Saturday, January 29, 2011

Criteria D in the DSM-5's New Autism Spectrum Disorder: Limited and Impaired Everyday Functioning

With the  January 26, 2011, revision of the  new Autism Spectrum Disorder category in the DSM-5 will some high functioning persons who currently have an Autism or Aspergers diagnosis  actually lose their autism diagnosis because they do not meet  criteria D,"limited and impaired daily functioning", of the 4 ASD mandatory criteria?

"299.00 Autistic Disorder                   Revised January 26, 2011

Autism Spectrum Disorder
Must meet criteria A, B, C, and D:
A.    Persistent deficits in social communication and social interaction across contexts, not accounted for by general developmental delays, and manifest by all 3 of the following:
1.     Deficits in social-emotional reciprocity; ranging from abnormal social approach and failure of normal back and forth conversation through reduced sharing of interests, emotions, and affect and response to total lack of initiation of social interaction,
2.     Deficits in nonverbal communicative behaviors used for social interaction; ranging from poorly integrated- verbal and nonverbal communication, through abnormalities in eye contact and body-language, or deficits in understanding and use of nonverbal communication, to total lack of facial expression or gestures.
3.     Deficits in developing and maintaining relationships, appropriate to developmental level (beyond those with caregivers); ranging from difficulties adjusting behavior to suit different social contexts through difficulties in sharing imaginative play and  in making friends  to an apparent absence of interest in people
B.    Restricted, repetitive patterns of behavior, interests, or activities as manifested by at least two of  the following:
1.     Stereotyped or repetitive speech, motor movements, or use of objects; (such as simple motor stereotypies, echolalia, repetitive use of objects, or idiosyncratic phrases). 
2.     Excessive adherence to routines, ritualized patterns of verbal or nonverbal behavior, or excessive resistance to change; (such as motoric rituals, insistence on same route or food, repetitive questioning or extreme distress at small changes).
3.     Highly restricted, fixated interests that are abnormal in intensity or focus; (such as strong attachment to or preoccupation with unusual objects, excessively circumscribed or perseverative interests).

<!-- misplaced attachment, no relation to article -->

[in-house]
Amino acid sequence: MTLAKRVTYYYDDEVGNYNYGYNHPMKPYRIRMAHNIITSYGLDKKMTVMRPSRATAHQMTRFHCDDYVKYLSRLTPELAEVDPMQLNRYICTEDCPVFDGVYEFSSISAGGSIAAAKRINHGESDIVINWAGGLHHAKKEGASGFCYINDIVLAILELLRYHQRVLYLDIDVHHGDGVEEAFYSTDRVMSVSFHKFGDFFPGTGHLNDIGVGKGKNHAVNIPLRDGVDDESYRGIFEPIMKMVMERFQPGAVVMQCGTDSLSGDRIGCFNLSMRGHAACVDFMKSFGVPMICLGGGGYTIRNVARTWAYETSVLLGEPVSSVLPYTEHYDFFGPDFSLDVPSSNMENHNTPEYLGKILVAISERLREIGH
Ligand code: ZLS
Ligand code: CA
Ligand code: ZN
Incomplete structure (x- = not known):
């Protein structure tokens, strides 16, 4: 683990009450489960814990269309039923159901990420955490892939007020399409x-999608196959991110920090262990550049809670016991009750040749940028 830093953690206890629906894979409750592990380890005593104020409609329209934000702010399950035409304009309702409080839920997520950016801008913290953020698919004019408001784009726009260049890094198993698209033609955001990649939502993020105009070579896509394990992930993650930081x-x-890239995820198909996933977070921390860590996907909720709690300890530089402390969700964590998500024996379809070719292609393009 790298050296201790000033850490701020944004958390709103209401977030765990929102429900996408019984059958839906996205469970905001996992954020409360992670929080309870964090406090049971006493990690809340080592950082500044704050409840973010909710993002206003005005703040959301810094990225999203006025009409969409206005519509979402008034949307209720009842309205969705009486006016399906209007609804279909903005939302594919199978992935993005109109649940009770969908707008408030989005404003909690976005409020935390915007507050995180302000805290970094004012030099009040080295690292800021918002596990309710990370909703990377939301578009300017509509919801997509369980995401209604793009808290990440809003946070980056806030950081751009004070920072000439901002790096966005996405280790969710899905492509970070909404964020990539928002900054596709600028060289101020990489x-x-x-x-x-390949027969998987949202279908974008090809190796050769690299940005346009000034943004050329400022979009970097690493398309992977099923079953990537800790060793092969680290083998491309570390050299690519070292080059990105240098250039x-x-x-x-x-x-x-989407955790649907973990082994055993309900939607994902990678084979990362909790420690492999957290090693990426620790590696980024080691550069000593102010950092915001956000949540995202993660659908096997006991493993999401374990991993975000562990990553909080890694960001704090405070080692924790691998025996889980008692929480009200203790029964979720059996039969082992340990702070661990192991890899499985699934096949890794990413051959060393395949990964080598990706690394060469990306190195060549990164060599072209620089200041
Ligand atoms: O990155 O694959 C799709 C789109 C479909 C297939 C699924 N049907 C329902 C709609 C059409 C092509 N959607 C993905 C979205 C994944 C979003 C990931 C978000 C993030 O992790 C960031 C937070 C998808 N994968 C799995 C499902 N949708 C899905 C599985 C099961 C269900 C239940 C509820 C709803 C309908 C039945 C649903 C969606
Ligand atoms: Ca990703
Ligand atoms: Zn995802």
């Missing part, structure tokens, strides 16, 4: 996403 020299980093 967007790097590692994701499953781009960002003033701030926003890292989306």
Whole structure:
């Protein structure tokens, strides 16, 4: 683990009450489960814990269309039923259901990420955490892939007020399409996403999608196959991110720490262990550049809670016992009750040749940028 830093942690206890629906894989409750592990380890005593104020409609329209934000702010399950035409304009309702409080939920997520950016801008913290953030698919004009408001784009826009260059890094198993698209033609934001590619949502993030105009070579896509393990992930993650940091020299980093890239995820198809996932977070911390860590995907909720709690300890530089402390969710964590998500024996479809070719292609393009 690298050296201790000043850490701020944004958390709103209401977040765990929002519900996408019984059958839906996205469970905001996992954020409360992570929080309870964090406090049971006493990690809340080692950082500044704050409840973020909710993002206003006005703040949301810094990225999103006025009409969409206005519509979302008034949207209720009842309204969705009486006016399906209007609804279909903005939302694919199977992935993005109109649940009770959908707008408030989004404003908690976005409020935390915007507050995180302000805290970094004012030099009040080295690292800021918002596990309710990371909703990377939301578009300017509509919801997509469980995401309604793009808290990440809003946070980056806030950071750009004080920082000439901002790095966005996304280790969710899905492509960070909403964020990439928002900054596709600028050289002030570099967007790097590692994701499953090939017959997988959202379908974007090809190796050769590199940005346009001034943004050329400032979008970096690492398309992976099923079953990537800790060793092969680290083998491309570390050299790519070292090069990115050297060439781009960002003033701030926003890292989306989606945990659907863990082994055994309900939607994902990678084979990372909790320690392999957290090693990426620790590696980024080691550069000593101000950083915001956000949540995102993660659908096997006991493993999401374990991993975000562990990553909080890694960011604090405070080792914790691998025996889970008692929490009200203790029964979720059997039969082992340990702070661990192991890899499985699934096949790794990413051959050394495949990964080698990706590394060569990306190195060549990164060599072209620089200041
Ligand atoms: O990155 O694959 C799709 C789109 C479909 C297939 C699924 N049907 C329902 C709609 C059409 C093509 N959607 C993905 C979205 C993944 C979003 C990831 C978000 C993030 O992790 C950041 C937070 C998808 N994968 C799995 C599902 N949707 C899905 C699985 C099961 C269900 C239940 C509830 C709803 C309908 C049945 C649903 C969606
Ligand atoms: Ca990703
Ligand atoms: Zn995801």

4.     Hyper-or hypo-reactivity to sensory input or unusual interest in sensory aspects of environment; (such as apparent indifference to pain/heat/cold, adverse response to specific sounds or textures, excessive smelling or touching of objects, fascination with lights or spinning objects).
C.    Symptoms must be present in early childhood (but may not become fully manifest until social demands exceed limited capacities)
D.         Symptoms together limit and impair everyday functioning."

Will some well known, self described, autism self advocates lose their autism diagnosis when the DSM-5 is published?  Can persons capable of raising a family, performing in rock bands,  driving land rovers, running  successful businesses, serving on the boards and committees of organizations such as ASAN, Autism Speaks and the IACC, graduating with university degrees, appearing before high appellate courts and government committees, publishing books, conducting research, and appearing in print and broadcast media interviews truly be considered to be limited and impaired in their everyday functioning? Will ANY members of the ASAN Board of Directors be considered to be limited and impaired in their everyday functioning?

Look for some intense reaction to the limited and impaired everyday functioning requirement.  Do not be surprised to see a high pressure campaign to eliminate criteria D.


AutisticWisdom said...

Harold you are probably right but even most people with Asperger's have impaired adaptive functioning in social interaction and language pragmatics. People who don't have even that aren't really autistic.

Foresam said...

The fake Asperger's victims will still be considered impaired since no rational person would celebrate having autism and all rational people favor curing those with any form of autism. When employers see how crazy these people act, it certainly limits their opportunities.

astridvanwoerkom said...

I agree that some will probably lose their diagnosis, but many self-advocates do have serious impairments in daily living. I am an example, but I know of self-advocates who on the surface lead normal lives, but still have a mild impairment in daily living. For example, tehy may not be able to do household skills without assistance, but can hold jobs that match their special interests. By the way, DSM-IV already has a criterion that says people must be significantly impaired in social, occupational or other areas of functioning. I wonde rhow similar this criterion D is to the existing criterion.

Anonymous said...

"mild impairment in daily living. "

The DSM V doesn't include mild impairment. It has to be significant.

I suspect that so called "self advocates" will simply frame their self diagnosis to fit with the new DSM. We're talking about people with personality disorders here. If the DSM V said they had to have epilepsy to have autism, soon they would be feigning epileptic seizures. If the DSM V said they had to have a missing left arm then that might cause a problem, unless of course they adopted the devotee extremism of those who chop off their own limbs in order to be "accepted" in the amputee "community". Yes, people actually cut off their own limbs to become amputees because of a fetish.